One of the first observed advantages of felts was greater durability. The linear design of woven fabrics made them subject to flex wear. The problem typically occurred in filtration equipment where the woven material was repeatedly bent or flexed over a sharply defined edge, whether metal or plastic, such as in a typical recessed chamber plate.
Needled felts, on the other hand, are essentially densely compacted mats of randomly distributed fibers, with no linear direction. The random fiber distribution cushions and deflects the wear caused by repeated flexing and reduces physical failures typically observed when using woven fabrics. Greater durability led to longer media life, which in turn allowed felts to provide lower long term operating cost (lower change out costs coupled with longer media life).
Less obvious to the eye, a second advantage provided by felts is greater “open area” as compared to woven. Open area is defined as the unblocked part of a filter medium or the part that allows air and liquid flow through the medium. Typical woven fabrics have an open area of 30 – 35% of the total media area, all in the interstices of the warp and filling yarns. Felt runs in the 70 – 75% open area range depending on fiber blend and size, all in the voids of the felt between the fibers. This difference allows two different scenarios:
A felt with the same permeability as the woven fabric is typically more efficient and allows fewer fine solids through.
A felt with higher permeability would provide comparable efficiency with greater flow rate and/or with less resistance to that flow.
Yet another benefit from using needled felt is its ability to effectively filter quickly and reach a steady state level, or equilibrium, almost as soon as it is challenged with slurry. In filter presses, as an example, a woven fabric has to build a filter cake before a batch can be fully cycled and released to the next stage. Felts require much less pumping time and less recirculation of a batch, thereby increasing production. This, of course, will vary depending on the slurry itself, feed solids content, particle size and distribution, was well as other variables.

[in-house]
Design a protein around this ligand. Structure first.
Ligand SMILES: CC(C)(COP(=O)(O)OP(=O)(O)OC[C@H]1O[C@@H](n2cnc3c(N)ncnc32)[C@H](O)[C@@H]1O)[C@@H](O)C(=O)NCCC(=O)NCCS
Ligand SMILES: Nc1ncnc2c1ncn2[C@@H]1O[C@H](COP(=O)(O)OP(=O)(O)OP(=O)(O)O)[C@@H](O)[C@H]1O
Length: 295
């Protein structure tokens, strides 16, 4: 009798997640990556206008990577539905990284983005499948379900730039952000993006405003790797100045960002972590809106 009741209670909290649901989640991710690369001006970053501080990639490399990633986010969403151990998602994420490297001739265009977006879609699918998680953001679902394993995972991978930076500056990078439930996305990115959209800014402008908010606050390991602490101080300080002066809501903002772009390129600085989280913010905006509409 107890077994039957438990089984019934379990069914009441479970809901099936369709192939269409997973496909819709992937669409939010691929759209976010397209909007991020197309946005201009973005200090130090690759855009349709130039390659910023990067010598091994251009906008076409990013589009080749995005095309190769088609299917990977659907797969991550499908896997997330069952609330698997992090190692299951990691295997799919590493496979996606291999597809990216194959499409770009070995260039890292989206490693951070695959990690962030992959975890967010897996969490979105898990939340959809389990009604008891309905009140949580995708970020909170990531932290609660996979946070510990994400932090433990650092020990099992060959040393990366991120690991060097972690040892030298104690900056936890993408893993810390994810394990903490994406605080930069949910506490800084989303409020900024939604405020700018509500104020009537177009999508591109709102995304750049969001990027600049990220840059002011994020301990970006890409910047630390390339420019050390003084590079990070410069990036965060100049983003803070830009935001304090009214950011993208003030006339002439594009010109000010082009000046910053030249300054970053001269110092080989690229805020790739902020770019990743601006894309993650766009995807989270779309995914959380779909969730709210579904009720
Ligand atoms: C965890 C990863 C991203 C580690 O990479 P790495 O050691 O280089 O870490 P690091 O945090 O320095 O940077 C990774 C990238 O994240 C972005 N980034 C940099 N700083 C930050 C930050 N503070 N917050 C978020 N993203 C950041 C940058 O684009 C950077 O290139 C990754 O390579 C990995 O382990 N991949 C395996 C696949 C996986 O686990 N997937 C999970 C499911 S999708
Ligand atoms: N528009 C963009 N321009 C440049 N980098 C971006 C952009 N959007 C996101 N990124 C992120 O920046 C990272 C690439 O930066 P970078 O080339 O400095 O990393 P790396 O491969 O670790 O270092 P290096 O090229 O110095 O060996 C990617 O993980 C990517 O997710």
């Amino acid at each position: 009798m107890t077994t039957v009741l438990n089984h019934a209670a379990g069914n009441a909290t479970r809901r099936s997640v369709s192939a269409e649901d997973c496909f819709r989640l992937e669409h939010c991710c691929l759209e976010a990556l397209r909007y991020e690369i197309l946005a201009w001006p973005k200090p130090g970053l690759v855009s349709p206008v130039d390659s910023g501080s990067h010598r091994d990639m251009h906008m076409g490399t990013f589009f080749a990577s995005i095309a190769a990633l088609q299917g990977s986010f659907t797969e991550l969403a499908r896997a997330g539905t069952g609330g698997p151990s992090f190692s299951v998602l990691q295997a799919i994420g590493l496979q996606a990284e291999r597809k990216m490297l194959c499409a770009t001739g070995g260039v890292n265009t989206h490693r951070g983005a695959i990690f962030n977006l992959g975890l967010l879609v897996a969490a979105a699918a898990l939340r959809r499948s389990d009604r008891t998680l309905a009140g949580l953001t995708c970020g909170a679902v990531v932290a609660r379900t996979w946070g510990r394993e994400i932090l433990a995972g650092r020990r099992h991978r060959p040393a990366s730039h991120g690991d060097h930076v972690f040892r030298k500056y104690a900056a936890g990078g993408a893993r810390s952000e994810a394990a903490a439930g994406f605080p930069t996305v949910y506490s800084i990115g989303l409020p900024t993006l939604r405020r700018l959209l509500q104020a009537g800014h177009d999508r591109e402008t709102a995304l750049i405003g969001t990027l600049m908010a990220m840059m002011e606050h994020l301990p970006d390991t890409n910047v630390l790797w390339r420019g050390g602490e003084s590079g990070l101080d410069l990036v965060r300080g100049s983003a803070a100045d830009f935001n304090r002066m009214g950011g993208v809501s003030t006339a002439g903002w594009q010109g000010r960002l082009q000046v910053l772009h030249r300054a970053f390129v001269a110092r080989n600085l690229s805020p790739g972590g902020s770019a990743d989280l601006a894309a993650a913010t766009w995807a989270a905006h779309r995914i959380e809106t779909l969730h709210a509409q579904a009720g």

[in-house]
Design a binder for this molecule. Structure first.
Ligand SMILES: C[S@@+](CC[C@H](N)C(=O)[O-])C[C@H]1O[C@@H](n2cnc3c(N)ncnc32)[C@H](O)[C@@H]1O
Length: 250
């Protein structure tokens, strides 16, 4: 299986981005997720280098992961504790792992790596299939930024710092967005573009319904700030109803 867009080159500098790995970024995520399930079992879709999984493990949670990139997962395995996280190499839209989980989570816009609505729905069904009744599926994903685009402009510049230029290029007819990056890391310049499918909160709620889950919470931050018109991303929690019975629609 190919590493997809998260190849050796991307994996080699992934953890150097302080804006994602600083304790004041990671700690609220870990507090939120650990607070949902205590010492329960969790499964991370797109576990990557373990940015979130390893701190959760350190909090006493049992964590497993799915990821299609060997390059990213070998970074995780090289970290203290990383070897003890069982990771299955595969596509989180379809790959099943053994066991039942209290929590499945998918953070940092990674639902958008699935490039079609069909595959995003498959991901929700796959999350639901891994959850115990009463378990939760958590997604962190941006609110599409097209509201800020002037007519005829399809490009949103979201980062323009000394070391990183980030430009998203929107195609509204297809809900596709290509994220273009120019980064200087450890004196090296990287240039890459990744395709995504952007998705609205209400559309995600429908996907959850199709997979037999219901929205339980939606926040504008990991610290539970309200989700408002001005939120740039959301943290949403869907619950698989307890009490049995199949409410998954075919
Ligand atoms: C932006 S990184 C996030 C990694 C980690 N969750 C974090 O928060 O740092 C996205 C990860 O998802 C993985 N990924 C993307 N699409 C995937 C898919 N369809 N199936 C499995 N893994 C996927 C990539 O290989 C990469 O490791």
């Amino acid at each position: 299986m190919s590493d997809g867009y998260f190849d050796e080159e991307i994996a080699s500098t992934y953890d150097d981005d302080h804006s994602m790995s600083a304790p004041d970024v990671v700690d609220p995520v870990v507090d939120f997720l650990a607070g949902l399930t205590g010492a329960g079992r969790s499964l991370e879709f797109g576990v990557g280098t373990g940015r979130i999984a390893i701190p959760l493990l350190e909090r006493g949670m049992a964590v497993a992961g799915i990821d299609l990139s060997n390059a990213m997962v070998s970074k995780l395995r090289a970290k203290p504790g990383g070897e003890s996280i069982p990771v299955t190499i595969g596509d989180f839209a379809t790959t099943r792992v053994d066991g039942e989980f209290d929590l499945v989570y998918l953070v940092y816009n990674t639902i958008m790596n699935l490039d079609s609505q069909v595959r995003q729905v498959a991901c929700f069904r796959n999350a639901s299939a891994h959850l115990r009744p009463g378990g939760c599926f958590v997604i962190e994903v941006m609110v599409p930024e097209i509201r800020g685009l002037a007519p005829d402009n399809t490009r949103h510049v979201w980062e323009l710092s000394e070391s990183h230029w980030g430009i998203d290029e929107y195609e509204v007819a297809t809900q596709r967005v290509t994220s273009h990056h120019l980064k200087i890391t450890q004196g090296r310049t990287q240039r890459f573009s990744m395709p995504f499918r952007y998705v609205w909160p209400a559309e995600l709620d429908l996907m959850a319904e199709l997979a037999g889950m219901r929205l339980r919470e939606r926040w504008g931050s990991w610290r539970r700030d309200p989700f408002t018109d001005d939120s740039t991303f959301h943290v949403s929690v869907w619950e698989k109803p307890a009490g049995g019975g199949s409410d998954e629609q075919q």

Another unique capability of felts is treatment options. The cake side surface of virtually all cleanable (not single use) liquid filtration felt is smoothed using a mechanical process known as glazing. This process softens and fuses the surface fibers to each other, creating a very smooth, fiber free surface, which facilitates good cake release. Durable chemical treatments of PTFE, fluorocarbons and sometimes urethane are used to coat the fibers and further enhance the ability of the felt to release the filter cake.
Lastly, felts have a manufacturing advantage versus woven in that a basic wet filtration grade needle felt can more easily be developed to alter efficiency, permeability, flow rate, basis weight, scrim design, finish and surface characteristic to provide a customized media for specific end-use applications. With the availability of micro– and fine–denier fibers added to existing basic felt manufacturing processes, small, specialized lots of felts, 300 to 500 linear yards, can be produced economically and efficiently. Woven fabrics generally require much larger minimum runs, which add costs, inventory and increased risk.
Typical liquid felts are made from either polyester or polypropylene fibers, with a basis weight of 14 to 30 oz. sq. yd/475 to 1000 gsm, and have a heavy multi–filament scrim support. Fiber blends and permeability can vary almost infinitely, from 0.5 – 100 CFM/3 – 500 l/dm2, depending on the needs of the end process and the objectives of the end user.
Because liquid process applications are more complicated than ever, involve finer and more uniform solids and are unique, the manufacturing and application of specialty felts requires experience, process knowledge and high quality felts, which match all conditions. When a quality liquid felt media is applied properly, significant improvements in filtrate solids, filter cloth life, cloth durability, processing times and long term operating costs can be achieved.